The Brexit Question:

Asked to vote in or out, Britain has chosen decisively to cast off its 43-year-old membership in the European Union, leaving it to face a more complex question: What kind of nation will it be now?

Will Britain be the outward-looking, entrepreneurial, confident country that makes its independent way in the world, as the leaders of the “Leave” campaign insisted it could be?

Or will it retreat to become a Little England, nationalist and a touch xenophobic, responding to the voters that drove it to quit the European Union? What created Brexit?

Even more important: Will it even hold together? With Scotland deeply pro-Europe, pressure will increase for another independence referendum that could bring an end to the United Kingdom.
Britain, a nation whose storied history has encompassed the birth of constitutional government, global empire, royal pageantry and heroic defense against fascism, is entering unknown territory.

The questions about its new path could remain unresolved for years. On Friday morning, at least, Britain remained a member of the European Union in full standing, just as it was 24 hours earlier. Now it is called Brexit!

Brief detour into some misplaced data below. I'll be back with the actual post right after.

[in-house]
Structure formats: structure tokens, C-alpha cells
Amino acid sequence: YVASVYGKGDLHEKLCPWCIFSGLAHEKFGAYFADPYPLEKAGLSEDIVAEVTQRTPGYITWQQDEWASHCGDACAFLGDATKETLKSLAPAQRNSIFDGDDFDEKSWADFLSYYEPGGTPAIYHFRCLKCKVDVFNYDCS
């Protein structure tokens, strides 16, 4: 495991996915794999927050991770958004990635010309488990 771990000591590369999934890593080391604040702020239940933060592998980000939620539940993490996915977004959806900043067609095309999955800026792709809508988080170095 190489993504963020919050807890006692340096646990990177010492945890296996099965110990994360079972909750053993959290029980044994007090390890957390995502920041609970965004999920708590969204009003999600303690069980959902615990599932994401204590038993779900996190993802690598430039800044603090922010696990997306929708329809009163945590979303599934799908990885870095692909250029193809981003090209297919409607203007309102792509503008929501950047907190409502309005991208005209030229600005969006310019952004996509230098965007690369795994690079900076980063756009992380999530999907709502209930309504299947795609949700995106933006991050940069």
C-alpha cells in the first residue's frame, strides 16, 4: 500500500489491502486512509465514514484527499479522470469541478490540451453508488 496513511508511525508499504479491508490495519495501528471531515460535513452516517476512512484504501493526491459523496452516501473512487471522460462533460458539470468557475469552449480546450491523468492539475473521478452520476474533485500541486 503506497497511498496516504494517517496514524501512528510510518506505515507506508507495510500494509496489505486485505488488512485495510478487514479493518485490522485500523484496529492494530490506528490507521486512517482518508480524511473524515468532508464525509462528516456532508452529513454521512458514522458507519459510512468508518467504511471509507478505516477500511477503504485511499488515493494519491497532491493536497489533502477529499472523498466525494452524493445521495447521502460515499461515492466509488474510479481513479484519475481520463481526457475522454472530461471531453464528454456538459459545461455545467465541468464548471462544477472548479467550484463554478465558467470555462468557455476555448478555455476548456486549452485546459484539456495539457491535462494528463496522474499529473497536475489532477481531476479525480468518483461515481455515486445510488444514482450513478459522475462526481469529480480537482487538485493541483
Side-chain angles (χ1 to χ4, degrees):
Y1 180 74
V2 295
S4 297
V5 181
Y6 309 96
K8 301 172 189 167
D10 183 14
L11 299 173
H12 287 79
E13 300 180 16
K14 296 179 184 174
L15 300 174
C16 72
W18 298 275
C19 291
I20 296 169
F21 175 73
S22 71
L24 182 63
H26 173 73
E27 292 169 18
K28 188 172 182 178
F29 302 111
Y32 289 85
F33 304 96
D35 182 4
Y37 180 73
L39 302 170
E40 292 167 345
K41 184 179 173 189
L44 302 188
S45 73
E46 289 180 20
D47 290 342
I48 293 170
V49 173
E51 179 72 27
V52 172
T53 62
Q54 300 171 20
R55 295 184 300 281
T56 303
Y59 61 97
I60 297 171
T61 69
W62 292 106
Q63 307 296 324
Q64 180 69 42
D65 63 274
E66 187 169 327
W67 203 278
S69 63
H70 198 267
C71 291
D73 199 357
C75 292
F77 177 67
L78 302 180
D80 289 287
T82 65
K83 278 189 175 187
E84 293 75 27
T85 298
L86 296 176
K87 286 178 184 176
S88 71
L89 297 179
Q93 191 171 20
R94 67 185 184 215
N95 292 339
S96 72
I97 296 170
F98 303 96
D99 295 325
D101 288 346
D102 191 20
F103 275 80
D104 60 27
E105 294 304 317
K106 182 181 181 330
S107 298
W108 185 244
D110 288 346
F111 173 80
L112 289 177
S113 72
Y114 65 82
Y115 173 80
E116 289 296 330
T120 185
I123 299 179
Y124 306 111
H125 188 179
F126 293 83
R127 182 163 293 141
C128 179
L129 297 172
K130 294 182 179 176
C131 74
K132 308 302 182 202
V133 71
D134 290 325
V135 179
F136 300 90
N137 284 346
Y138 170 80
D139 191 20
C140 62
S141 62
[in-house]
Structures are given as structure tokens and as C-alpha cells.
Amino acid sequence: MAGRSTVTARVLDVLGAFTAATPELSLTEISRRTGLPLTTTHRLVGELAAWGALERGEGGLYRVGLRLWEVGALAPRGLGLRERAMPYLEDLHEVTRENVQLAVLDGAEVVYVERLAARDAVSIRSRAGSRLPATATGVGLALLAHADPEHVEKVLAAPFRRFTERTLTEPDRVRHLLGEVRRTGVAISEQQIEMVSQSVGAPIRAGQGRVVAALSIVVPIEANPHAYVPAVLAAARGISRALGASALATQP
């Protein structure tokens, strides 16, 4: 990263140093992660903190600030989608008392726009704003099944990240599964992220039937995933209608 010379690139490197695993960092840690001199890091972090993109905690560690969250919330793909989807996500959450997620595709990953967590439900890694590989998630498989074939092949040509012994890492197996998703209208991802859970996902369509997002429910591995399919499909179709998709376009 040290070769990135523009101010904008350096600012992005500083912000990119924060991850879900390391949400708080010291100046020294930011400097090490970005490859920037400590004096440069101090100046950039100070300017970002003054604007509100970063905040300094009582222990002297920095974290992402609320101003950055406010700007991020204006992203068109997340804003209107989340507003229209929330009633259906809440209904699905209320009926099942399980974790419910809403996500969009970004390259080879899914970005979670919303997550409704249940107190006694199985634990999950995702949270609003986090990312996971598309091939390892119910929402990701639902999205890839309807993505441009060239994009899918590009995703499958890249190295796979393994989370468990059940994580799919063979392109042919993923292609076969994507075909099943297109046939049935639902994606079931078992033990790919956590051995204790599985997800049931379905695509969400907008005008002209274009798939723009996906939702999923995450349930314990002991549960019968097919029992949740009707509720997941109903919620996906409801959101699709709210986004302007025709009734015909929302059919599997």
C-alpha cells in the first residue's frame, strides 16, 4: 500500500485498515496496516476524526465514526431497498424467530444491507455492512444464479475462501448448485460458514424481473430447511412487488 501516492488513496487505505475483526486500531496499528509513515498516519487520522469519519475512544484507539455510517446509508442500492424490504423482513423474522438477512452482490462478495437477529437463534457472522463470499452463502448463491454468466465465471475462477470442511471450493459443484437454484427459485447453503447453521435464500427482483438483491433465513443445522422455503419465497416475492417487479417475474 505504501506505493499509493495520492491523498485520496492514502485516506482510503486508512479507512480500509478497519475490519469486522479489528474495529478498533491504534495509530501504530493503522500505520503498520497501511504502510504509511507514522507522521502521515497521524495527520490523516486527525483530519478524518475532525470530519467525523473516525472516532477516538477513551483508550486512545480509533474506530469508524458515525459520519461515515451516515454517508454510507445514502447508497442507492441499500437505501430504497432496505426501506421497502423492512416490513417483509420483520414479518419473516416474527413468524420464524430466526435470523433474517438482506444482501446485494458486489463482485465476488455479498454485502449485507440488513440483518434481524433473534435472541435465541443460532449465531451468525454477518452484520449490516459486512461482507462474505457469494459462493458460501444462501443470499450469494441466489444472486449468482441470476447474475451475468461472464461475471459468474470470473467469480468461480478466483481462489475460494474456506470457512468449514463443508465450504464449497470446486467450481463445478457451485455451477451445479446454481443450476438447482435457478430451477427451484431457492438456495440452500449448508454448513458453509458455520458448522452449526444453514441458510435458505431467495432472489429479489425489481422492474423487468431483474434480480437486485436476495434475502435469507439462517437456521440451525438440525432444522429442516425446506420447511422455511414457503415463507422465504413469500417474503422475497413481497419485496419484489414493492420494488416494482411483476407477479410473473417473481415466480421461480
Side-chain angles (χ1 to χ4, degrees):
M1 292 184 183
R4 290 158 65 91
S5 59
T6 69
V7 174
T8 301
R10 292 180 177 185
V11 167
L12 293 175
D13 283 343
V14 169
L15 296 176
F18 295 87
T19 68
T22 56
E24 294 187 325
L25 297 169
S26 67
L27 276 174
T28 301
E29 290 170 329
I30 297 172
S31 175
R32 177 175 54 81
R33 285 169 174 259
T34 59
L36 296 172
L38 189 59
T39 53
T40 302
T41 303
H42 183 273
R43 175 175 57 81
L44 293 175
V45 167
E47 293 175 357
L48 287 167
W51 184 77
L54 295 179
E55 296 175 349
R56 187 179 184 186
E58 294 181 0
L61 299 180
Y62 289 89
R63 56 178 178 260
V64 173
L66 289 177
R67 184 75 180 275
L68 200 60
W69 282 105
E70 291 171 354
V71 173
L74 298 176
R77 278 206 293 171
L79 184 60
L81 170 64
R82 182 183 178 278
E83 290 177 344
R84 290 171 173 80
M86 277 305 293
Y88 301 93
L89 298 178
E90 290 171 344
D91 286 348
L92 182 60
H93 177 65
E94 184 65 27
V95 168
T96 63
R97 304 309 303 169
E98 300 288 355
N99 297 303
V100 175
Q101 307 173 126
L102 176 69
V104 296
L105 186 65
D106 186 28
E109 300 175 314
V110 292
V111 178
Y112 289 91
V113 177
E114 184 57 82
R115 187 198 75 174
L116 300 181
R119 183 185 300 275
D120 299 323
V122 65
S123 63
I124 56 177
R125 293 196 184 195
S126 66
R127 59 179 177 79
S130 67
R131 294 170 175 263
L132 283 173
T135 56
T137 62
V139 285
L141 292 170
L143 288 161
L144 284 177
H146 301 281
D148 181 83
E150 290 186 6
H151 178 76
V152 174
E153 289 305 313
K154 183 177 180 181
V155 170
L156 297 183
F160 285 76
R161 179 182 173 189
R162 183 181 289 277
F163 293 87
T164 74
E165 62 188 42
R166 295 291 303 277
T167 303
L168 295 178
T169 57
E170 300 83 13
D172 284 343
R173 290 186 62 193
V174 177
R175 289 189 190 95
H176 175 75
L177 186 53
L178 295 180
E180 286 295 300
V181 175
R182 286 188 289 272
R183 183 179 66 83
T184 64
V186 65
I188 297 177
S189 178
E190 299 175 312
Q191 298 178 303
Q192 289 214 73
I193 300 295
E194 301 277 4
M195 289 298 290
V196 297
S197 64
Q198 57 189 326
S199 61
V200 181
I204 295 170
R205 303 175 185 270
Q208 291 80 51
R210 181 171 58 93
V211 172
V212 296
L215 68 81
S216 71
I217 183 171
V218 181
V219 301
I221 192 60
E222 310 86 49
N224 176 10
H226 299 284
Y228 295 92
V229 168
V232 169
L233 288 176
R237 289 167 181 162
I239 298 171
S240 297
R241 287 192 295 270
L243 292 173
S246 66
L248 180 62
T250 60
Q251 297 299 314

But the impact of this plebiscite is likely to be profound and long-lasting, well beyond the immediate tumult in the financial markets, and the questions about Britain’s future will be answered against the backdrop of potential political, legal and economic upheaval.

A Conservative government with its first majority since 1992 has ripped itself apart on a global stage and is badly damaged. Prime Minister David Cameron promptly announced that he would step aside once his party settled on a successor, setting up a potentially bare-knuckle leadership battle. An early general election is not out of the question.

Once Britain begins the formal process of withdrawing from the European Union by exercising Article 50 of the treaty that governs membership in the bloc — a step Mr. Cameron said he would leave to the next prime minister — it will set off a two-year clock on negotiations, a period in which Britain (including millions of European citizens living in Britain and British citizens living in the European Union) will be in limbo.

One way or another - people are scared. Lost money, pensions - and don´t have a PM. (now they have have!)

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